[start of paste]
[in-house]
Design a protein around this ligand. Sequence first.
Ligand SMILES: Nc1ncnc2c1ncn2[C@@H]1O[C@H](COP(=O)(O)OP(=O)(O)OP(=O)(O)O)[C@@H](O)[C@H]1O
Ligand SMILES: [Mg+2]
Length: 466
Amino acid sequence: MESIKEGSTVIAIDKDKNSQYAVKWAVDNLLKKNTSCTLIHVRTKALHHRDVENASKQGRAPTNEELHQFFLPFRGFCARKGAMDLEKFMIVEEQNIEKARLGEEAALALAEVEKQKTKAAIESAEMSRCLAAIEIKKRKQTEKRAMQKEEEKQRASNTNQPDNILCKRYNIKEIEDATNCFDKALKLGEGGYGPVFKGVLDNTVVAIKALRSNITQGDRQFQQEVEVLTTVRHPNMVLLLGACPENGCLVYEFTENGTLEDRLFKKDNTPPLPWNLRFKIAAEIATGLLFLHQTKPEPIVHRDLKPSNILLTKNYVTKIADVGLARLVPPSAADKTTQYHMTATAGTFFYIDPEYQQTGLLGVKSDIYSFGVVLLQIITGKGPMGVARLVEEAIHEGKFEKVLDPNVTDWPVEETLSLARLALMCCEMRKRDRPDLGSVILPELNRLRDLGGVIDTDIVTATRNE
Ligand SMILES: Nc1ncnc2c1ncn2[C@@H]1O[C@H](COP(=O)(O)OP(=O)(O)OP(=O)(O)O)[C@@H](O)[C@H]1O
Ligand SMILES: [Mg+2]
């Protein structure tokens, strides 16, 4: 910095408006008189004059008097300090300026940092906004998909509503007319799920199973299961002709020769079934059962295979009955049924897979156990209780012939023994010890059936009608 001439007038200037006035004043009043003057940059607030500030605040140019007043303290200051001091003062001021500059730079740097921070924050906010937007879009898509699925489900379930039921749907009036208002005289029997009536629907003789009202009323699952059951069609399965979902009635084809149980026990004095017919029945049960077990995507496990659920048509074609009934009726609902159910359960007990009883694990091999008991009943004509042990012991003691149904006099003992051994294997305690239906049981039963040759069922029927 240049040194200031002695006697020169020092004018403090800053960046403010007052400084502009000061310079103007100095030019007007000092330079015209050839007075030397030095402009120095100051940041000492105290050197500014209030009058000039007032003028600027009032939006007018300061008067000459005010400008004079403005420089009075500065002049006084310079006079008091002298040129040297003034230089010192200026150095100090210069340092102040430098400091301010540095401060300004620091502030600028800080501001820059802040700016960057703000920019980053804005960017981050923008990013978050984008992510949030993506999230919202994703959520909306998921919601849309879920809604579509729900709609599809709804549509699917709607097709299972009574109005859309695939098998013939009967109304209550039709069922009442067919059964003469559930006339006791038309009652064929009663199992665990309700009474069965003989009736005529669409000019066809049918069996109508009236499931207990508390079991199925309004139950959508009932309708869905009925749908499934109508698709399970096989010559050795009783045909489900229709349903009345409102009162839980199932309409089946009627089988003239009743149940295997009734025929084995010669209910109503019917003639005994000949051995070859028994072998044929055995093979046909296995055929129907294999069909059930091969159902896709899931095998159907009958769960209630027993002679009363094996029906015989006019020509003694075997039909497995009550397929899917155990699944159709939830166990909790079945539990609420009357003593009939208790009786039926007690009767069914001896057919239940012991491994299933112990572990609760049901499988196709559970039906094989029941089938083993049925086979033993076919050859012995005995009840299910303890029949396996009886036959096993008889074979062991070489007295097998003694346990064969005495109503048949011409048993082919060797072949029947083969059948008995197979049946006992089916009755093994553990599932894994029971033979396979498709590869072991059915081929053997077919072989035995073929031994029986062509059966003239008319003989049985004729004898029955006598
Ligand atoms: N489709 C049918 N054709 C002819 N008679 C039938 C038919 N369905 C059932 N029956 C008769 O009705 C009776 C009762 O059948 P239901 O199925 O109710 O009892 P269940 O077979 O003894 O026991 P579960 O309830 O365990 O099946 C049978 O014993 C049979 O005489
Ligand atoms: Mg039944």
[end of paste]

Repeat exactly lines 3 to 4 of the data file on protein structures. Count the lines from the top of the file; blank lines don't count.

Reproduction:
Ligand SMILES: Nc1ncnc2c1ncn2[C@@H]1O[C@H](COP(=O)(O)OP(=O)(O)OP(=O)(O)O)[C@@H](O)[C@H]1O
Ligand SMILES: [Mg+2]